A sermon drawn, quite literally, from John 15:1-17 . The message was prepared as part of a virtual sermon exchange this past weekend with good friend Pastor Sara Bishop. Pastor Sara delivered this message to her congregation in Estonia, while I delivered a message she prepared for my congregation, Bethesda Lutheran, in Ames Iowa.
What do you have to do to become Christ’s chosen one? The answer fortunately is simple: NOTHING.
So often we view relationship with our Creator as something to be worked for, to be earned. We find ourselves occasionally believing that to connect with the cosmos is an achievement, an act requiring considerable effort on our part. It’s almost as if we’re trying out to make the divinity football team, hoping our talents in running, passing, and ability to shoot on goal are enough to be chosen. Do you, right now, have what it takes to make the professional divinity team? If you answer no then more perhaps more practice is in order.
Fortunately this mindset, of the need to practice, to do works, all in the hopes of making the celestial All-Star divinity team that lands directly in the heavens, well, it just doesn’t jive with John 15. You did not choose me, but I chose you, Christ reminds us.
And how refreshing that seems when much of our day-to-day is lived within a transactional framework. If you want something, usually, you have to give up something in return.
To earn money requires your time, your mental capacity, your physical body.
Other transactions involve not you, but things. Things that, if you have enough purchasing power, can be attained. To put food on the table you must give up some of those hard-earned wages. To have housing, have electricity, to access the internet, to give your children Christmas gifts, all of this involves trading one thing for another. Things are scarce resources, involve careful decision-making, all in the hopes they meet needs, for you, for loved ones. And, if you are lucky, sometimes you even get to acquire a few wants and throw those into the mix too.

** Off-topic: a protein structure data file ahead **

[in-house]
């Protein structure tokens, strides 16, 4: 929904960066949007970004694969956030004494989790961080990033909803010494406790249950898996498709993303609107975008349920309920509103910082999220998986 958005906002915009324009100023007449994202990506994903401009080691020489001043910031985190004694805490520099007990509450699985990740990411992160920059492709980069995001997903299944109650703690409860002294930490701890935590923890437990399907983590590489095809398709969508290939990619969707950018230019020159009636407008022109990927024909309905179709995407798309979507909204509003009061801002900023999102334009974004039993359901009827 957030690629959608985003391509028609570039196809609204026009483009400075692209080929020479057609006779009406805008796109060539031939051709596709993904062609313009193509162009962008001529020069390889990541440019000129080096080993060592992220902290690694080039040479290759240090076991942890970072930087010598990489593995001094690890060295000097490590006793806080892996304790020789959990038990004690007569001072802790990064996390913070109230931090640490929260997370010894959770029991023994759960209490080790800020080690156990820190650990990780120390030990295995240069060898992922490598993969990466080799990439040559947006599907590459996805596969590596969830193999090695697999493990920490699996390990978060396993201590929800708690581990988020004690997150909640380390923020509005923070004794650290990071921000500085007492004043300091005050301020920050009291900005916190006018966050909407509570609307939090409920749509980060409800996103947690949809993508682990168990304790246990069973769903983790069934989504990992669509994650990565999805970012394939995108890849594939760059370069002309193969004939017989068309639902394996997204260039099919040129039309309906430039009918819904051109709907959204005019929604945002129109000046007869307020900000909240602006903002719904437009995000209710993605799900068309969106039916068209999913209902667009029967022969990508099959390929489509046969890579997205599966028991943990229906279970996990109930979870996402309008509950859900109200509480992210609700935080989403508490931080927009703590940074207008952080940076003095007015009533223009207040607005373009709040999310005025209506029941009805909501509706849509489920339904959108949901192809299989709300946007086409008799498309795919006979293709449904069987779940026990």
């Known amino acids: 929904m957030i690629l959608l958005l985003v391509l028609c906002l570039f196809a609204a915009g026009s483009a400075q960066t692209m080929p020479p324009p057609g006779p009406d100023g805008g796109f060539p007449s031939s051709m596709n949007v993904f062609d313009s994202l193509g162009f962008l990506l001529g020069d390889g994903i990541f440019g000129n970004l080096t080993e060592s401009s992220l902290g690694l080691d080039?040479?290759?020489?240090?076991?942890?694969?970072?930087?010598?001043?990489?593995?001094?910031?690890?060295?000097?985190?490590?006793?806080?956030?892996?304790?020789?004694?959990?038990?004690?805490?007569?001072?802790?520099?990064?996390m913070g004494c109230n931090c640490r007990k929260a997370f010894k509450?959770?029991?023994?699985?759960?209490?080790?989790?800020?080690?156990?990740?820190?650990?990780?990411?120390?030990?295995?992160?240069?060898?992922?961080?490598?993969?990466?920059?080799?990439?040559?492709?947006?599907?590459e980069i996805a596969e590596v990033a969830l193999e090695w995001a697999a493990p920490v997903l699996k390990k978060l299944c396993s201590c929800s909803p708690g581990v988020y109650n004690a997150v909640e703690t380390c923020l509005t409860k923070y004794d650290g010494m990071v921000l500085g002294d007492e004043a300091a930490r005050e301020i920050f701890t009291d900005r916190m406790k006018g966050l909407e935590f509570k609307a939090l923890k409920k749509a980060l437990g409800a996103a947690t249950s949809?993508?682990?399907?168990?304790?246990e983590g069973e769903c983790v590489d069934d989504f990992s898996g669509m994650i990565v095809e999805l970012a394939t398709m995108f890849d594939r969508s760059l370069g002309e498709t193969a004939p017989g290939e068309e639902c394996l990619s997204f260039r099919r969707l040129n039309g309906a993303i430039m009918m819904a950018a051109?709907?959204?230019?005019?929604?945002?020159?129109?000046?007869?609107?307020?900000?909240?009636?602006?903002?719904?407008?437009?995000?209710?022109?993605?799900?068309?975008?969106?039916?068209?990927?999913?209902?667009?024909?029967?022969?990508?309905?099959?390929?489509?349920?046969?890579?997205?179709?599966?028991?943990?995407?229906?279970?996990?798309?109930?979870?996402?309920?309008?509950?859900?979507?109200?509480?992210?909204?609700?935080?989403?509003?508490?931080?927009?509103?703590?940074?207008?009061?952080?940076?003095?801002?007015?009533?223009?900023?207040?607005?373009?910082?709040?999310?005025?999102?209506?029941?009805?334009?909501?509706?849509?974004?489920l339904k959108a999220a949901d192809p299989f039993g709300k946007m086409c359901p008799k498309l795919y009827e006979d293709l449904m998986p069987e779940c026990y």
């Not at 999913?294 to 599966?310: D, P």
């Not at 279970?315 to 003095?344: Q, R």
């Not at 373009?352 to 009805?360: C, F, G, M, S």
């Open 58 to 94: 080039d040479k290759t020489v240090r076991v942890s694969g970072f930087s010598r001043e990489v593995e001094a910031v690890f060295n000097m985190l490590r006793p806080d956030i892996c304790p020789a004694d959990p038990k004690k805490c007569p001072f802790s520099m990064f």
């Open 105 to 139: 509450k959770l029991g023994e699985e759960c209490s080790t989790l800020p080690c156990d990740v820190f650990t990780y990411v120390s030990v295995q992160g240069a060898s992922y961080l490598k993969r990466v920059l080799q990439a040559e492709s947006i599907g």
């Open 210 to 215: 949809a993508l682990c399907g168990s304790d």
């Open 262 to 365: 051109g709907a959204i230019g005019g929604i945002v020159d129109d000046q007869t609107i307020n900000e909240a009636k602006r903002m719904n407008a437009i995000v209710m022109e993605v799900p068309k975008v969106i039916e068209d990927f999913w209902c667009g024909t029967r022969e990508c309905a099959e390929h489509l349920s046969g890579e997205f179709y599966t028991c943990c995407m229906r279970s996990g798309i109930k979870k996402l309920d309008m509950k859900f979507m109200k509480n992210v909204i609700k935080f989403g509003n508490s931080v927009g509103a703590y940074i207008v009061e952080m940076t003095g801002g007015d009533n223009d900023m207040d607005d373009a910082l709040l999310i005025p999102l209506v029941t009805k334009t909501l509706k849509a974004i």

And then there is my favorite type of transaction, one where not money is exchanged, only goods. A decade ago I had an old 1994 Volkswagen Jetta, and was looking to sell it. After advertising locally very few people were interested. I lived in South Florida at the time, a tropical climate, about three hours south of Disneyworld, and this car had no air conditioning. In the summer it got HOT.
Our family had already purchased another vehicle, and this old VW, gathering dust in the garage was essentially worthless to me. One day, after months of inaction, someone called and expressed interest in trading, one vehicle for another. He had a super sweet metallic-blue 1973 VW Super Beetle, the kind that’s air-cooled, engine in back, trunk in the front. He asked if I’d be interested; sure, I’ve always wanted one of those. We then prepared to exchange paperwork to make the trade official. But as we looked up the value of our Volkswagens it turns out his, even though 20 years older than mine, was worth about 500 dollars more.
Not wanting to spend money I asked if he liked video games. Why yes, he did, and an hour later he drove off in the ‘94 VW Jetta with a trunkload of Atari, Nintendo and Sega video games, leaving me that super sweet ‘73 Super Beetle. Transaction complete, we were both extremely happy.